1. Version control isn't that challenging to learn (assuming you know how to use the command line). It's something you can trivially understand by following a few tutorials online -- I'd argue the hardest part is actually finding the right tutorial (there are tons of garbage "how to use Git" tutorials out there, and surprisingly few good ones, for example).
  2. Despite that, it can be hard to find time to fit in the command line and git. You'll probably need to spend at least 30 minutes talking about both things, and if you have a lot of material you need to cover, it can be hard to squeeze that in without compromising on something else.

    In particular, it's worth noting that you can't necessarily just add in new material somewhere and shift everything over. You need to make sure your change maintains the overall tempo of the course, make sure no topic "overlaps" oddly over a weekend or a holiday, need to make sure students are still being taught the material they need a sufficient amount of time before you make related HW due... If the original course was competently designed, it's probably a well-tuned engine where every minute matters, so adjusting it will require some degree of effort.

  3. If your university didn't find time to squeeze in version control, you'll be told to learn it on at least day 1 of your first internship or job.

    (And they'll probably do a better job of teaching it! It's hard to teach the value of things/give students the opportunity to practice things like branching, rebasing (if you're using git), using specific workflows, etc. in a university setting -- those sorts of more advanced operations are really only useful in larger teams working on a long-term project.)

  4. You mentioned that your intro course covered git on day 1. I can see an instructor considering against that approach if they want to prioritize moving to programming as soon as possible to try and "hook" the students in with instant gratification. (If you're completing new to programming, I can imagine learning to use tools like version control would be relatively dull and sort of a bother -- you don't really get to see the payoff until you start tackling more complex projects later on.)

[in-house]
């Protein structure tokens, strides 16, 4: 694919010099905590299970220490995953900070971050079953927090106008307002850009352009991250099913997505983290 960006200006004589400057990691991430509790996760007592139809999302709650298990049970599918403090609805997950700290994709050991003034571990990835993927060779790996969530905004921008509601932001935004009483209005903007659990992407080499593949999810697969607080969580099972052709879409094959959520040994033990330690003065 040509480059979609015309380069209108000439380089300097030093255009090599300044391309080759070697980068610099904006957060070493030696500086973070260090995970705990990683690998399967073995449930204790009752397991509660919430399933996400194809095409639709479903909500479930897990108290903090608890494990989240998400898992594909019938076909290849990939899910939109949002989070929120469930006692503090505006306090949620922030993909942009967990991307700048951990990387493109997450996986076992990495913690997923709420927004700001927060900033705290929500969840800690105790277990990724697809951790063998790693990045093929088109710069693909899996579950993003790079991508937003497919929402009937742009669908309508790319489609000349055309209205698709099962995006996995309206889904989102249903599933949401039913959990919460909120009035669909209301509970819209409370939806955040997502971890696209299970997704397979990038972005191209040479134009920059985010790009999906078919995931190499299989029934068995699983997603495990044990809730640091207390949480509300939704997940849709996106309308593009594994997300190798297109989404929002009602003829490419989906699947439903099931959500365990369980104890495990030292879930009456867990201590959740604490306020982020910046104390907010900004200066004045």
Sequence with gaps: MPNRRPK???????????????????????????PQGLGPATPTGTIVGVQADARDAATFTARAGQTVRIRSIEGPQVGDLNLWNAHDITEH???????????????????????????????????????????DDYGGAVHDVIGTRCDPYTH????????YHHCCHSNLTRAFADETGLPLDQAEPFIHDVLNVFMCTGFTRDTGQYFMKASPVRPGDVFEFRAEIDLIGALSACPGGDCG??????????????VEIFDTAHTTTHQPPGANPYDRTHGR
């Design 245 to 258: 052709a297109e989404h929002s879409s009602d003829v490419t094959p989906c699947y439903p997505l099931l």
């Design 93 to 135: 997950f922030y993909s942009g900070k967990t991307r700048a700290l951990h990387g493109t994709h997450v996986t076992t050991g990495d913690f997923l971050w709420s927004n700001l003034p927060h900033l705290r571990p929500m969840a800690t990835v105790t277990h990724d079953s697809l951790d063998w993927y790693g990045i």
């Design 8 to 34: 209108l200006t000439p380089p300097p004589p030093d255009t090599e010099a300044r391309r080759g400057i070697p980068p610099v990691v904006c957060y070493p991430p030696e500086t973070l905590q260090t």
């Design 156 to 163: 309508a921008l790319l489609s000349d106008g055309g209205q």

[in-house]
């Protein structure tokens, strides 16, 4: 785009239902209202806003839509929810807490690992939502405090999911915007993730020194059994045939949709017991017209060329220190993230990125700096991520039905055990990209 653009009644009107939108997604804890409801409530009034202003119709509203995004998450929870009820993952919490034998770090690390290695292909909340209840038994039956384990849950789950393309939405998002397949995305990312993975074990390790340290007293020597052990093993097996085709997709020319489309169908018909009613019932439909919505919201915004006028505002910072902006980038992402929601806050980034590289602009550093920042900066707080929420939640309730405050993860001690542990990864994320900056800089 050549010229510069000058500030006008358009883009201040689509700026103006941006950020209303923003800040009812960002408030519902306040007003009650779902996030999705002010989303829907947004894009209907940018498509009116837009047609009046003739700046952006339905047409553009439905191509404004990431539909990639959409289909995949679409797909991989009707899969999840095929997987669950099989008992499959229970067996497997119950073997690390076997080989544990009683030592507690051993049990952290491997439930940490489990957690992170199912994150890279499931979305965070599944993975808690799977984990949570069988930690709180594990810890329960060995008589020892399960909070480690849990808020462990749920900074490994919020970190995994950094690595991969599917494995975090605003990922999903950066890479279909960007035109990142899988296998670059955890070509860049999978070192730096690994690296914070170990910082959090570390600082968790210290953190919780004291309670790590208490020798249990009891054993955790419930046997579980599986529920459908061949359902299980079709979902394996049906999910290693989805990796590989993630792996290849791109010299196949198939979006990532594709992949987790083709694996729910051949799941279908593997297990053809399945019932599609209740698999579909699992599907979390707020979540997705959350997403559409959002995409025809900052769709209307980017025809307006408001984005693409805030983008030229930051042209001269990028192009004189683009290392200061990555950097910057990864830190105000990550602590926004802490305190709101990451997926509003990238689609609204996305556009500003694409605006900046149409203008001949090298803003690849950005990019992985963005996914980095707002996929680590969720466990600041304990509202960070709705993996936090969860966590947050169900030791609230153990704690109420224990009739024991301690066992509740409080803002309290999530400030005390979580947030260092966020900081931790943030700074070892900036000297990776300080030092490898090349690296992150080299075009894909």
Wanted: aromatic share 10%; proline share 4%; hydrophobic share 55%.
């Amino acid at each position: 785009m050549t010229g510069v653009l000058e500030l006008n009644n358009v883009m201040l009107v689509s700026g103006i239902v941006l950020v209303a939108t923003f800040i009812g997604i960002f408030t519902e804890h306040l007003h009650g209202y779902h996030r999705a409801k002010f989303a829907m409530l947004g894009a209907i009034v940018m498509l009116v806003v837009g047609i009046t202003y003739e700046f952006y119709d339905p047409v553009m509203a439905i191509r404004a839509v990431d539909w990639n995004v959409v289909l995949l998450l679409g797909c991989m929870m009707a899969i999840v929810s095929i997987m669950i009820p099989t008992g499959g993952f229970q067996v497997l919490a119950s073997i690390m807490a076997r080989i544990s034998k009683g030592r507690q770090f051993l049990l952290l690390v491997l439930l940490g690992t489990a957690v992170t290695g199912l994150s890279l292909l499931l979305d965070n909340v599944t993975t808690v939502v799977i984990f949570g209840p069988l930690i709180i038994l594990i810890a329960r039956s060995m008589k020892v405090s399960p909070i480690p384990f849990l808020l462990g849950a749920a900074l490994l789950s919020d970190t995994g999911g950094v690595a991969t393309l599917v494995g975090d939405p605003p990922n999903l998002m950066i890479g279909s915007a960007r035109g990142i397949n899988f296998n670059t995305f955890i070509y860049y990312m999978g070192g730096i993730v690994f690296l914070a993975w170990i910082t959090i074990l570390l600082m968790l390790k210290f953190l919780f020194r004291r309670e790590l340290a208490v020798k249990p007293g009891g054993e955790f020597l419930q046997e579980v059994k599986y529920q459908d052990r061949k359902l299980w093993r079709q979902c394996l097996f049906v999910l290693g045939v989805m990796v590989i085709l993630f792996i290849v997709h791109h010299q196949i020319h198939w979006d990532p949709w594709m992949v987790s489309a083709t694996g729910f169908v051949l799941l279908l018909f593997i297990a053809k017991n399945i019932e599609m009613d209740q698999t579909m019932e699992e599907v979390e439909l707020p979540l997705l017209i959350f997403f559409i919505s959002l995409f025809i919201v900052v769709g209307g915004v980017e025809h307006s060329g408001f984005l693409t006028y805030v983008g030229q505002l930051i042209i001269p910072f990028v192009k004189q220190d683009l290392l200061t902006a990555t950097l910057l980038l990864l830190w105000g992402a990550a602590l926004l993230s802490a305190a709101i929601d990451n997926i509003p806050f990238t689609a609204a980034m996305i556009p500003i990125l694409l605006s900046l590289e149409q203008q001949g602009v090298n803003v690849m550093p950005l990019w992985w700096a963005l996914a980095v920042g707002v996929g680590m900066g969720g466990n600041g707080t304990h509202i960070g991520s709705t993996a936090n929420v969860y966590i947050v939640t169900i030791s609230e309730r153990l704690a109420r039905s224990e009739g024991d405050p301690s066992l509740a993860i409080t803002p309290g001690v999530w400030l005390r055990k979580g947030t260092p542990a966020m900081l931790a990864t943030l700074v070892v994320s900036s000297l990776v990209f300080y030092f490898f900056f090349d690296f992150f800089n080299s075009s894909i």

So basically, it's material that's difficult to fully cover (where the subset you can cover is easy to learn yet still takes up an awkward amount of time), and that the student is going inevitably run into and learn without any real difficulty anyways.

None of the issues I pointed out are insurmountable, of course, but if you toss in inertia into the mix, you can see why some schools would never get around to rejiggering their curriculum to fit version control in.

I personally think it's worth teaching version control anyways (I'll go even further, actually -- I think schools that don't teach version control in some capacity are doing their students a major disservice), but can't deny that it can sometimes be logistically challenging to work that material in.


Posted 2017-09-11T14:21:57.263

Reputation: 3 430

1This answer seems to mainly address point b) from the question. Do you have any thoughts on why some universities ignore the benefits to them apart from inertia and lack of time (the latter of which I struggle to believe is a real issue in a 3 or 4 year degree). – walrus – 2017-09-11T17:41:30.130

@walrus -- I think it's less that you're ignoring the benefits. Rather, it's more that there are just so many things that could be teaching and it's hard to pick. An undergraduate degree has time to cover only a tiny fraction of computer science -- that's a part of why we have masters degrees and PhD programs, after all (and even those can only cover a small fraction of what's out there).. – Michael0x2a – 2017-09-11T18:02:24.123

2Also, it's worth noting that the university and the instructors themselves don't necessarily get any huge benefit out of using version control (it's sometimes the opposite, in fact: somebody needs to set up and maintain all the infrastructure and tooling). Rather, it's mainly the students who get the benefit. – Michael0x2a – 2017-09-11T18:02:57.567

that's one way of looking at it. I suppose I'm surprised that you'd struggle to fit a course with only a couple of hours' content in, especially considering some of the things that (both my and other) courses do find time to include.

Regarding the university getting the benefit; I can see that it could definitely be more trouble than it's worth, but I can also see that it could make certain things a lot easier to administer for the university. – walrus – 2017-09-11T22:02:03.843